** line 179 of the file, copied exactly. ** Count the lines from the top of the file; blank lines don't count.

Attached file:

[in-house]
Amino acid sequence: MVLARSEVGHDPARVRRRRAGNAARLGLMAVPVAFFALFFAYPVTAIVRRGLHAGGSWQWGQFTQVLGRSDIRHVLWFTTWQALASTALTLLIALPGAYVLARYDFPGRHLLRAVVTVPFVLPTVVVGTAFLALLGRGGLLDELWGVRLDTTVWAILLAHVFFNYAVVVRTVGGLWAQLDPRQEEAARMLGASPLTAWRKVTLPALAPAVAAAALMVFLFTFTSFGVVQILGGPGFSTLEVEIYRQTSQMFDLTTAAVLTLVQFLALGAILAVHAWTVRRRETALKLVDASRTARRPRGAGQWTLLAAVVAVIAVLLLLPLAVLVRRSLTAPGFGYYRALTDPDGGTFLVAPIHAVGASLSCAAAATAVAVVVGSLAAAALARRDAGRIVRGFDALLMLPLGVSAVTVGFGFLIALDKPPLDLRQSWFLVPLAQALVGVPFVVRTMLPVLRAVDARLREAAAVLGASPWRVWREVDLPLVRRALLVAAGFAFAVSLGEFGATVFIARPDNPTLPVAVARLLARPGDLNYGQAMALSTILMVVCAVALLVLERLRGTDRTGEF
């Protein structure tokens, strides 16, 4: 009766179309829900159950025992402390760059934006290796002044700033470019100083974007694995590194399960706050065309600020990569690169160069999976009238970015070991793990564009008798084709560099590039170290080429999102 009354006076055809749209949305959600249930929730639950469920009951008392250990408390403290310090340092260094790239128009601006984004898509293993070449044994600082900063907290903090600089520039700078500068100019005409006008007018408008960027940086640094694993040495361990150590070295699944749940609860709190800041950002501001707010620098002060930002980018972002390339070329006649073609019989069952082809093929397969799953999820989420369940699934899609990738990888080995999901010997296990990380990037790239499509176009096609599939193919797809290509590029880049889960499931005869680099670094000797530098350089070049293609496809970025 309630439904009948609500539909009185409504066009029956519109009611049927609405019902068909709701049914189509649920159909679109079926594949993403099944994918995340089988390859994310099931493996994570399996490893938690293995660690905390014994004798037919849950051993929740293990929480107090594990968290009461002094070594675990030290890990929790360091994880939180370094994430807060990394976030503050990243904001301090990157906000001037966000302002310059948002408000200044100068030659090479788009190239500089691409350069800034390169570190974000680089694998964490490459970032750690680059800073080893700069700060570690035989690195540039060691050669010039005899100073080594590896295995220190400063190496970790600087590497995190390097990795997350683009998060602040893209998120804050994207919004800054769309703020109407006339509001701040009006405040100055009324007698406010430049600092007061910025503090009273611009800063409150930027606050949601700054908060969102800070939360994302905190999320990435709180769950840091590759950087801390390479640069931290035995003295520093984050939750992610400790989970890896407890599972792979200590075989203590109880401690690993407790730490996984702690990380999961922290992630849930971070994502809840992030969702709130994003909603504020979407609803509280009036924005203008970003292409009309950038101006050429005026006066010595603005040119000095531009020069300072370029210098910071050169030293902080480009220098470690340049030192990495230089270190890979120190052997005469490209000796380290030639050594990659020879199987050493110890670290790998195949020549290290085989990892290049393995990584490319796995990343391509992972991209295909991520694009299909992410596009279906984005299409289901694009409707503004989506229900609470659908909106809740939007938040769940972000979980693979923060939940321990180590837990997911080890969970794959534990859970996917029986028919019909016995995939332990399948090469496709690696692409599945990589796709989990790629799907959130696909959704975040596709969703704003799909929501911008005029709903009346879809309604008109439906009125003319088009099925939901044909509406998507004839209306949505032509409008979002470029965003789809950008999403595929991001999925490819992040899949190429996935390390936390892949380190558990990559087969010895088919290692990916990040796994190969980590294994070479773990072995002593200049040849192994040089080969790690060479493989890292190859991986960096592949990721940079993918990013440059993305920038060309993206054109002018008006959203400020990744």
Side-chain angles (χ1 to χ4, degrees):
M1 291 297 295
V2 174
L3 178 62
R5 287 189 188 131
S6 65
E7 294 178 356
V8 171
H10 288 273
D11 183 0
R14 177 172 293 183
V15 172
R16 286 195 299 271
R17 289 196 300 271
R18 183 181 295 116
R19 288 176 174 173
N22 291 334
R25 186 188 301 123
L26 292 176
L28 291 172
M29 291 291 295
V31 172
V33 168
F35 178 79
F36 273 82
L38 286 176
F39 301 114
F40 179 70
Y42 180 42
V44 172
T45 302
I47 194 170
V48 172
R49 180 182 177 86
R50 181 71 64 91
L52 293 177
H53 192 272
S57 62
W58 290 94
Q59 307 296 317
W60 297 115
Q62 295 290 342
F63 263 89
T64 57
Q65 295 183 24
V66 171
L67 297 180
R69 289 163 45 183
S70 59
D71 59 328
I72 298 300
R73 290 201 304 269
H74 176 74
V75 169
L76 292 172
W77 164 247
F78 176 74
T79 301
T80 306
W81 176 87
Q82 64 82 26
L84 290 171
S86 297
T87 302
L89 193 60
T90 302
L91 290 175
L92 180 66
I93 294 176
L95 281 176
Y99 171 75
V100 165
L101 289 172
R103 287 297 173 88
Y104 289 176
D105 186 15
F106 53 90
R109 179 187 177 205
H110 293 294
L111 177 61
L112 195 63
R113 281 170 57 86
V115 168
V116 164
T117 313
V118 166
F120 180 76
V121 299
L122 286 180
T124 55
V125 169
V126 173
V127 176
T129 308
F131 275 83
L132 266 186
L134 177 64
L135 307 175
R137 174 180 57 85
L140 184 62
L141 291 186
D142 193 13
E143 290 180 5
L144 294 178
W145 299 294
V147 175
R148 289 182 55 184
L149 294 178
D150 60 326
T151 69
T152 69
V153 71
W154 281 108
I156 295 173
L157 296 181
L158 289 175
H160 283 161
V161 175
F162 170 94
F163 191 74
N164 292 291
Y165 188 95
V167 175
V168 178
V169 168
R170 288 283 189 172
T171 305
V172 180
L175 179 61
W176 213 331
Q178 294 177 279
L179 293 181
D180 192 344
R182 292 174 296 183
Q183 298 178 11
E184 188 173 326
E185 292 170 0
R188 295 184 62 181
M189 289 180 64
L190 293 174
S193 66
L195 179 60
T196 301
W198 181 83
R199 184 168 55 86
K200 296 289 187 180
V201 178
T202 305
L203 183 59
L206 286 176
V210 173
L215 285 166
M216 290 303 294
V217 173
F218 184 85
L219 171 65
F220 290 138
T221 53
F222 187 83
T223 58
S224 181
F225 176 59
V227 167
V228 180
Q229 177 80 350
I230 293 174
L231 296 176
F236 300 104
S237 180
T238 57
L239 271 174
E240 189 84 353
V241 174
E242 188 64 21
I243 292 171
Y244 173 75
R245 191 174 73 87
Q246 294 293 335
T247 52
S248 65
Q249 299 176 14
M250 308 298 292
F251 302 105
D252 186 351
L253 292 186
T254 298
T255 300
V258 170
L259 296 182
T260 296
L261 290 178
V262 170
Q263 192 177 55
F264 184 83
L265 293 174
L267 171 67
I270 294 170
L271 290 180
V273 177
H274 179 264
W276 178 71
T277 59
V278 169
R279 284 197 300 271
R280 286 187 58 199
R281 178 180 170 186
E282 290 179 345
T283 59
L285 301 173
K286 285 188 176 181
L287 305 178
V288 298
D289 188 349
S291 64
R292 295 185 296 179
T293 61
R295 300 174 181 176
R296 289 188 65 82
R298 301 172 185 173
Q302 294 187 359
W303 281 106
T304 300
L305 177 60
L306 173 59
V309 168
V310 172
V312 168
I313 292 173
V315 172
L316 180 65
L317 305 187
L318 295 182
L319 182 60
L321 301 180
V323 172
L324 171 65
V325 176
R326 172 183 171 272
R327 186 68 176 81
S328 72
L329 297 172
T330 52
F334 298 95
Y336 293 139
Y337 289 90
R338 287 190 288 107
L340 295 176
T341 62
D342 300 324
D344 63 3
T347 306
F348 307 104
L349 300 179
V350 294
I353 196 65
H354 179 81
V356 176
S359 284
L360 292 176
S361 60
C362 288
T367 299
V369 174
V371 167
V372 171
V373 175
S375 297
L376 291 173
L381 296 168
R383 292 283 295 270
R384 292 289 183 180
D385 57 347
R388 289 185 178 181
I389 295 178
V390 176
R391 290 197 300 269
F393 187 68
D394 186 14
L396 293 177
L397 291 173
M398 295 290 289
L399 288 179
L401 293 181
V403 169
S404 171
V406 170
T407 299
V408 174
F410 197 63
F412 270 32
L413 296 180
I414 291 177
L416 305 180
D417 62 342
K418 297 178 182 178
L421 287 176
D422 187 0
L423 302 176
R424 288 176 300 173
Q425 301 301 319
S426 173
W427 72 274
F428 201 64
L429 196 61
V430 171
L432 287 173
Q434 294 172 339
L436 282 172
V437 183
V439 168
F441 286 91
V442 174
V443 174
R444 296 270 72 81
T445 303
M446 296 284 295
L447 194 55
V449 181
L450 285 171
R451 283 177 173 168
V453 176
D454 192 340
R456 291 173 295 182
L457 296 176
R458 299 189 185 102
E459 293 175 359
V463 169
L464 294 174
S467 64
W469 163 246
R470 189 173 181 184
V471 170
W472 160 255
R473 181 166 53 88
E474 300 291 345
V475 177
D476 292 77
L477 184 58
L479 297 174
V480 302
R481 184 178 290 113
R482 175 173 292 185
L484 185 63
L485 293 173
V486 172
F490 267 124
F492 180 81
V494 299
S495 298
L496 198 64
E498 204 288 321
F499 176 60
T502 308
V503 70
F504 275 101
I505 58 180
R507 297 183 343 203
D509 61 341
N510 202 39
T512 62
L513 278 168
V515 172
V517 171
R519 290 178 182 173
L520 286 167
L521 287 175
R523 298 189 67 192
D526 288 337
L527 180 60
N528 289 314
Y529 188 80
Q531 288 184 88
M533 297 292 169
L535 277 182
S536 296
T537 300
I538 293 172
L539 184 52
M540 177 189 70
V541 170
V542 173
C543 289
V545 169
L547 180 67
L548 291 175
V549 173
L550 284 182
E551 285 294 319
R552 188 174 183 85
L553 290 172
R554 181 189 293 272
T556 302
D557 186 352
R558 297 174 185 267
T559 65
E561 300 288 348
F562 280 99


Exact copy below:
Y244 173 75